I sat across from her as she ate. Her fingers were slippery and shimmering in the late afternoon sun. She was tearing chicken away from the bone before thrusting it into the tiny plastic carafe of yellow, oily concoction. “I could really eat anything dipped in this sauce,” she remarked while sucking the tips of her fingers one by one. We were discussing the possibility of her switching schools next year and leaving behind the nature based school we adore for a more traditional public school closer to home. “Let's make a list of pros and cons,” she suggested. I listened attentively.
She rambled through the positives. She would be closer to home, so less time spent in a car, we could come meet her for lunch, etc. Then she stopped chewing. “But I would have to leave all my friends.” Her shoulders dropped.
“One thing I never have to worry about with you, Lila….”
“I know. I make friends everywhere I go.”
She really does. On playgrounds she makes new “best friends” without even pausing to know their names. When she butts heads with her girlfriends, she quickly takes up with the boys opting to play football at recess that week. She adapts. She knows how to move on.
“You will have the father/daughter dance this year!”
“Yes! And it will be so much easier for you and dad.”
The sting of guilt. Was I choosing the easy way out? I have gone back and forth in my mind a million times. I had also made a list of pros and cons. We decided to be glad it happened rather than sad it had to end. She had three formative years of creative discovery, yoga, nature, pottery, chicken chores, Fairy Tale Balls, and so much more. Now, we would reintroduce our barefoot, free-spirited child to a structured educational setting. She is growing up. Her needs are changing. “I’ll be double digits this year,” she reminds me.
Still, I long to protect her space to be wild and free. Do what sets your soul on fire! A thousand inspirational memes flashed through my mind. Fight for her soul. Don’t let them break her spirit.
I pulled my mind back to the present. Her green eyes sparkled as windows to her wondrous soul. There in that moment she sat as a nine year old girl filled with wonder and dreams, completely absorbed in the bounty of my leftover lunch. But I saw so much more. Her messy bun and tie dyed shirt revealed the essence of something familiar - me.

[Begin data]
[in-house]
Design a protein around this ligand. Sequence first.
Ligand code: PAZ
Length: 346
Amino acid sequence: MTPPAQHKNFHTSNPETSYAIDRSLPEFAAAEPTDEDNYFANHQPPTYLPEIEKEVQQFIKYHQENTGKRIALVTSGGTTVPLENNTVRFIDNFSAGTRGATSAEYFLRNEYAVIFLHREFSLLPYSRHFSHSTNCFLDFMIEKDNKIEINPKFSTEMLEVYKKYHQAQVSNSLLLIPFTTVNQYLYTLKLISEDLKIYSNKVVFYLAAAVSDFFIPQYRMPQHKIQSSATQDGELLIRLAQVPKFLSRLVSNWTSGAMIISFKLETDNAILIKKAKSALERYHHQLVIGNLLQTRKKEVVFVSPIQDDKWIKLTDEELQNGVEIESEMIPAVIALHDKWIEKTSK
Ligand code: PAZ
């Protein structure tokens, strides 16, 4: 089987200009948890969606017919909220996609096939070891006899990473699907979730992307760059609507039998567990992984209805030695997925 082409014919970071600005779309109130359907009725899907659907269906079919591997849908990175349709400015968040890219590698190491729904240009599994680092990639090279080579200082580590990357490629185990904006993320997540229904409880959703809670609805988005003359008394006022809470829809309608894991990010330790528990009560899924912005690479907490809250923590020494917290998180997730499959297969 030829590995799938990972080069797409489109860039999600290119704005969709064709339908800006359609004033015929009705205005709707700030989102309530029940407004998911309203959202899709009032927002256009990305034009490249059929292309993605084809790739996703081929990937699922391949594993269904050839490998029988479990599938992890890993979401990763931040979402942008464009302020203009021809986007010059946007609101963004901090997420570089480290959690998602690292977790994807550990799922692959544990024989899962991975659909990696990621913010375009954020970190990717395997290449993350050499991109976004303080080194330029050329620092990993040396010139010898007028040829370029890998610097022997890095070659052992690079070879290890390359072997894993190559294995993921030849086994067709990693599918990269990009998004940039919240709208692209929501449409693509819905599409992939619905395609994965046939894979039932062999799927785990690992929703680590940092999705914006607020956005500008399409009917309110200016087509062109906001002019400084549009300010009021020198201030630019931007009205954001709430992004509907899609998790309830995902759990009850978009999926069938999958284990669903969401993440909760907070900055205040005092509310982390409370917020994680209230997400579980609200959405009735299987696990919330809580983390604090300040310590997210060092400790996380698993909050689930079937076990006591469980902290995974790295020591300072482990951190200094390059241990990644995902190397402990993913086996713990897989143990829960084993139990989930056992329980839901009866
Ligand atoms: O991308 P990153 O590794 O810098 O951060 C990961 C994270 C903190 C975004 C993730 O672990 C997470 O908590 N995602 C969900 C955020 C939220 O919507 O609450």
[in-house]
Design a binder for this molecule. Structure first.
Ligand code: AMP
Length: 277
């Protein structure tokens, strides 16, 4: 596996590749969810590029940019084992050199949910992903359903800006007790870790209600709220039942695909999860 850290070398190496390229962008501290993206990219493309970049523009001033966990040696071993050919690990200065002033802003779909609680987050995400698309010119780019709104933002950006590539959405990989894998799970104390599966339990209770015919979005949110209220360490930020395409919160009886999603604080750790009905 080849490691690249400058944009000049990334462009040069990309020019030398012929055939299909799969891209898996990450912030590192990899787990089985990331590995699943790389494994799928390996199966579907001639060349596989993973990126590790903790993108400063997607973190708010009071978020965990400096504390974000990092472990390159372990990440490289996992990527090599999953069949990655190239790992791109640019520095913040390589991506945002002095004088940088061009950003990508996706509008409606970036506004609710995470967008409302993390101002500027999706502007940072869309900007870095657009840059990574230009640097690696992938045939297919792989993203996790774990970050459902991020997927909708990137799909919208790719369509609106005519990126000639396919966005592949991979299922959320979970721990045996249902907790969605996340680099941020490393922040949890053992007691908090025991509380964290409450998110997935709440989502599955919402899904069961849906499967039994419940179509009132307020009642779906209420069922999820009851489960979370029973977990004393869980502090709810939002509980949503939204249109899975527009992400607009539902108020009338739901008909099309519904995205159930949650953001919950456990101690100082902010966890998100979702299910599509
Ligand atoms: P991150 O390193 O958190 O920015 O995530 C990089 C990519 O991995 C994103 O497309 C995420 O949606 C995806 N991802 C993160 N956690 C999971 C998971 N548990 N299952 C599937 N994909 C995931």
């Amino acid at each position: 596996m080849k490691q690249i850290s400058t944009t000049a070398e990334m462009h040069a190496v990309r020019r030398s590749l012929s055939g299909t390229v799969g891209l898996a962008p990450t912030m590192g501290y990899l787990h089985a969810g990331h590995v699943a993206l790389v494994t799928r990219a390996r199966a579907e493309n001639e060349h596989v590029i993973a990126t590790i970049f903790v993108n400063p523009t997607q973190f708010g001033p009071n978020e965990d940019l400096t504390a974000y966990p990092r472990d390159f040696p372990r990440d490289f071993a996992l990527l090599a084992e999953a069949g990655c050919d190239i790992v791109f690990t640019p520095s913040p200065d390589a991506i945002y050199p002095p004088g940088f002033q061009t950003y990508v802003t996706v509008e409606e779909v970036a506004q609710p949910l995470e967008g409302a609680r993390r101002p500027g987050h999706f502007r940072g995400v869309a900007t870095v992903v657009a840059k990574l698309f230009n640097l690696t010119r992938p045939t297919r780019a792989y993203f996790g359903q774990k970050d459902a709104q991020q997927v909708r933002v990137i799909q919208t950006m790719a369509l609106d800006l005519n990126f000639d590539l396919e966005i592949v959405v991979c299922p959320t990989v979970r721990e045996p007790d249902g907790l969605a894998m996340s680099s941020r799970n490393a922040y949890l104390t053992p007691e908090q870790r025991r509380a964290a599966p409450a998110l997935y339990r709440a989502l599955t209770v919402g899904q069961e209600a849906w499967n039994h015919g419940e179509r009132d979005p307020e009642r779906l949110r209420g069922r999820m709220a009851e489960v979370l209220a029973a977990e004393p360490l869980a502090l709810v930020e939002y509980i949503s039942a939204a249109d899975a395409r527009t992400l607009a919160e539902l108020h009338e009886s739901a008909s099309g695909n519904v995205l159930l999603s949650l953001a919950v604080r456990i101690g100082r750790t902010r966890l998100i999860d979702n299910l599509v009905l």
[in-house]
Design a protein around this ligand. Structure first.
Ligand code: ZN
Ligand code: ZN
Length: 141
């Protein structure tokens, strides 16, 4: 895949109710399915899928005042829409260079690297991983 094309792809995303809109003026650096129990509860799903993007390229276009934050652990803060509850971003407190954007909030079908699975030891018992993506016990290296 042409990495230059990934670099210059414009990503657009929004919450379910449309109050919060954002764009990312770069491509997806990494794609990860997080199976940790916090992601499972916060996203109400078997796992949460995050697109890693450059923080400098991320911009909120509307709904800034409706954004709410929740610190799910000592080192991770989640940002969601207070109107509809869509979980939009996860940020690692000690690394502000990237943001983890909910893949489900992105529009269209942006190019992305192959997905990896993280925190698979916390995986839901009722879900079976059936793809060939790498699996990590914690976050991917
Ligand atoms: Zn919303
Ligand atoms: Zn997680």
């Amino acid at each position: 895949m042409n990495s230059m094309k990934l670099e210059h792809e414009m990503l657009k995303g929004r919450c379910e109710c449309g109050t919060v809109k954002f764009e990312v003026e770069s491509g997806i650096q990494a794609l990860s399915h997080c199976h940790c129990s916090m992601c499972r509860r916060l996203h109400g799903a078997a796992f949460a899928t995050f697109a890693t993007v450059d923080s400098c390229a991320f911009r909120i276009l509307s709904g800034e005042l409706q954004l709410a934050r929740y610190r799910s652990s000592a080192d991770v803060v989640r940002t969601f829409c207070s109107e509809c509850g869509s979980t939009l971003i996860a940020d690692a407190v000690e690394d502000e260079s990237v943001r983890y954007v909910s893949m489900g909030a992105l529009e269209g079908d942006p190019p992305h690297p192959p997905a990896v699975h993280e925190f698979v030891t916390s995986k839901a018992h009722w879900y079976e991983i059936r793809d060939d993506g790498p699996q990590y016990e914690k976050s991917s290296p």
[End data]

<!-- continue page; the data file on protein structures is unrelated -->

I realized I am not just fighting for my daughter. I am fighting for myself.
Her identity, ever shifting, follows the currents of my own journey. She has embraced meditation and yoga to anchor her thoughts and emotions throughout the day. She uses writing to capture her moods and decipher her thoughts. She is an encourager speaking kindness to strangers. It is increasingly apparent that the footprints I leave in the sand of my life’s journey are encircled by countless tiny imprints. I sense her beside me
And I fight for us. In a culture where I frequently feel adrift in endless responsibilities and soul-draining minutia, I want to see her rise uninhibited to fulfill her heart’s desires. As I have carved out time in my late thirties to test new waters and pursue new interests, my true identity has surfaced and evolved based not on societal structures or norms, but by my own questioning, reasoning and exploration. At the tender age of nine, my daughter is so far ahead of the game. She is in tune with her voice. She is actively and continuously creating her sense of self.
I shudder to think of a system that would require or demand her to compromise her spirit or inner fire. Yet, I trust her. I trust myself. I hope we will carry our true selves with us no matter how our circumstances might change.
We will fight for each other.
All of this and more is what I saw in my daughter’s face that day as she devoured her after-school snack. I saw a young woman who would accompany me on hikes, practice yoga, dance at live concerts, savor delicious ethnic dishes, marvel at the beauty in the ordinary, and yes, sometimes compile lists of pros and cons.